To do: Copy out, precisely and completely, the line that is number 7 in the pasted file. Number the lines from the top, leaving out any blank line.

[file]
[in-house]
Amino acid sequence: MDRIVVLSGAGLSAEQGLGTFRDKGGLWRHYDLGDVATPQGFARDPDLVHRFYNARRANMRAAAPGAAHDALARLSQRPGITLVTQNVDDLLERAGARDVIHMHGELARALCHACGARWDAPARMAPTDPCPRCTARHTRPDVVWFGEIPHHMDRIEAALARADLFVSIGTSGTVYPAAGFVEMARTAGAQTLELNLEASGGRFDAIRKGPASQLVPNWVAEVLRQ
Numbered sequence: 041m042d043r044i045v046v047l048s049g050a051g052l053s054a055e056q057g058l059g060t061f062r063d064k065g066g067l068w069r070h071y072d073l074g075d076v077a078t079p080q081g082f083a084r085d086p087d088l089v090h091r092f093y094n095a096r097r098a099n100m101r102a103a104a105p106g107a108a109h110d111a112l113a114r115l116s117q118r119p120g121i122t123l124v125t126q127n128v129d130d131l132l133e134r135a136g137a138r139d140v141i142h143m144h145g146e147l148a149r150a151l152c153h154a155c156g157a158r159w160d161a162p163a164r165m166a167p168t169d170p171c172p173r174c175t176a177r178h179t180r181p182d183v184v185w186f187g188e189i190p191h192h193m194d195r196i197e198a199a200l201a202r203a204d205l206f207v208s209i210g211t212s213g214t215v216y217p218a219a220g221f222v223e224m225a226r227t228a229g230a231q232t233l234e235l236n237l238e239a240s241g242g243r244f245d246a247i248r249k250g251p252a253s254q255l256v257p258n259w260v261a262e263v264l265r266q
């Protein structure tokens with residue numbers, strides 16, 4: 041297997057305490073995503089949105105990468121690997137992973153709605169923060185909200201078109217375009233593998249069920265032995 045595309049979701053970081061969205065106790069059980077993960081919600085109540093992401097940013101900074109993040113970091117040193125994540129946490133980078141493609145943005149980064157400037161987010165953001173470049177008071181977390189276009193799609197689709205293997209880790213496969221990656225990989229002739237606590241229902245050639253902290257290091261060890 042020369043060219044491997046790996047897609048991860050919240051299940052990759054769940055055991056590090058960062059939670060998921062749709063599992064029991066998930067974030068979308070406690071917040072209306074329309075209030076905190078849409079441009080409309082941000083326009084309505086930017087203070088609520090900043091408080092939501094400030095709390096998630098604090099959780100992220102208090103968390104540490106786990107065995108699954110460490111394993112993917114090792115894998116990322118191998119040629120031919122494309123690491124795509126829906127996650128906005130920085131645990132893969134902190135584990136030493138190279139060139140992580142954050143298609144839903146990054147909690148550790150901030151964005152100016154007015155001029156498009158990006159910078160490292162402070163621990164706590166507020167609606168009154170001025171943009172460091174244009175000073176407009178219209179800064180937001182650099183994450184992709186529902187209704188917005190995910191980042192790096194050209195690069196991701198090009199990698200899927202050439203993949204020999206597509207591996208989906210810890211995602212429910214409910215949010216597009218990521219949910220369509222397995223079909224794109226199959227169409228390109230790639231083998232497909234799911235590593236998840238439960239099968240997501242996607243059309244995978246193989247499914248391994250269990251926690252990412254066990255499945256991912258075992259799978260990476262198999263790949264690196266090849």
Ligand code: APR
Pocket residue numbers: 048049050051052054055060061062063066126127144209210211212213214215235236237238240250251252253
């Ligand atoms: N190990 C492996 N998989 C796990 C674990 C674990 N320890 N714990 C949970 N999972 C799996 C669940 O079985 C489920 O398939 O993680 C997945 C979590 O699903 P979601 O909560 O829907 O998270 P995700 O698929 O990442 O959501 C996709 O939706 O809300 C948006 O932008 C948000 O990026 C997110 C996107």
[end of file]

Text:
């Ligand atoms: N190990 C492996 N998989 C796990 C674990 C674990 N320890 N714990 C949970 N999972 C799996 C669940 O079985 C489920 O398939 O993680 C997945 C979590 O699903 P979601 O909560 O829907 O998270 P995700 O698929 O990442 O959501 C996709 O939706 O809300 C948006 O932008 C948000 O990026 C997110 C996107």